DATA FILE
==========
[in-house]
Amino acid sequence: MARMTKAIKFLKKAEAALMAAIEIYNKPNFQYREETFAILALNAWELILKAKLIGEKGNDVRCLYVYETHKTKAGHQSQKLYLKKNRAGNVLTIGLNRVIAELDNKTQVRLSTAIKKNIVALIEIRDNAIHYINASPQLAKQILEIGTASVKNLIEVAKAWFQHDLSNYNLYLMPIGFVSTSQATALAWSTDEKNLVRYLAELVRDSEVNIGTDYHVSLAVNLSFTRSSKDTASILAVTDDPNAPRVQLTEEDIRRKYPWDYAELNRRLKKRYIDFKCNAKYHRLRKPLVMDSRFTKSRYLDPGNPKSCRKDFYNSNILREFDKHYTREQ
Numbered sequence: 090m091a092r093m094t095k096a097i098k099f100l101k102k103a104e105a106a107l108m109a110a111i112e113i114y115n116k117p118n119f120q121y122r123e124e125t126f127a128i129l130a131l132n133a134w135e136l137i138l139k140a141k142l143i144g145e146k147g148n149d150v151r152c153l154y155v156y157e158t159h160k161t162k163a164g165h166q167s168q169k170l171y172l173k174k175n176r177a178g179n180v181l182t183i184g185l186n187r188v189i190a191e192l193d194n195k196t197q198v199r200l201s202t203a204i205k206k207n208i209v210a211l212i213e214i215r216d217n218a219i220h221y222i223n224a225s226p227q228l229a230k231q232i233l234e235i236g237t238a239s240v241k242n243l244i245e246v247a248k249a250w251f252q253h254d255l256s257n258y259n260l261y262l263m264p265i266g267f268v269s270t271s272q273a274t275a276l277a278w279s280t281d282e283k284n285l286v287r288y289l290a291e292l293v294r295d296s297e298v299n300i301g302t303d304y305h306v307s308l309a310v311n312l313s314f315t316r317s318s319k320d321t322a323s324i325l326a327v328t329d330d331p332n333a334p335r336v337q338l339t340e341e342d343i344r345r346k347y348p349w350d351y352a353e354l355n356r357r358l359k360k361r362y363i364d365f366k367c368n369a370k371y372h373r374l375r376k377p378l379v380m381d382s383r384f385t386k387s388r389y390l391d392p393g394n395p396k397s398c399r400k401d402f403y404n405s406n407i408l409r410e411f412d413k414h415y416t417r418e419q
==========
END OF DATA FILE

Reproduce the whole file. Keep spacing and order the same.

[in-house]
Amino acid sequence: MARMTKAIKFLKKAEAALMAAIEIYNKPNFQYREETFAILALNAWELILKAKLIGEKGNDVRCLYVYETHKTKAGHQSQKLYLKKNRAGNVLTIGLNRVIAELDNKTQVRLSTAIKKNIVALIEIRDNAIHYINASPQLAKQILEIGTASVKNLIEVAKAWFQHDLSNYNLYLMPIGFVSTSQATALAWSTDEKNLVRYLAELVRDSEVNIGTDYHVSLAVNLSFTRSSKDTASILAVTDDPNAPRVQLTEEDIRRKYPWDYAELNRRLKKRYIDFKCNAKYHRLRKPLVMDSRFTKSRYLDPGNPKSCRKDFYNSNILREFDKHYTREQ
Numbered sequence: 090m091a092r093m094t095k096a097i098k099f100l101k102k103a104e105a106a107l108m109a110a111i112e113i114y115n116k117p118n119f120q121y122r123e124e125t126f127a128i129l130a131l132n133a134w135e136l137i138l139k140a141k142l143i144g145e146k147g148n149d150v151r152c153l154y155v156y157e158t159h160k161t162k163a164g165h166q167s168q169k170l171y172l173k174k175n176r177a178g179n180v181l182t183i184g185l186n187r188v189i190a191e192l193d194n195k196t197q198v199r200l201s202t203a204i205k206k207n208i209v210a211l212i213e214i215r216d217n218a219i220h221y222i223n224a225s226p227q228l229a230k231q232i233l234e235i236g237t238a239s240v241k242n243l244i245e246v247a248k249a250w251f252q253h254d255l256s257n258y259n260l261y262l263m264p265i266g267f268v269s270t271s272q273a274t275a276l277a278w279s280t281d282e283k284n285l286v287r288y289l290a291e292l293v294r295d296s297e298v299n300i301g302t303d304y305h306v307s308l309a310v311n312l313s314f315t316r317s318s319k320d321t322a323s324i325l326a327v328t329d330d331p332n333a334p335r336v337q338l339t340e341e342d343i344r345r346k347y348p349w350d351y352a353e354l355n356r357r358l359k360k361r362y363i364d365f366k367c368n369a370k371y372h373r374l375r376k377p378l379v380m381d382s383r384f385t386k387s388r389y390l391d392p393g394n395p396k397s398c399r400k401d402f403y404n405s406n407i408l409r410e411f412d413k414h415y416t417r418e419q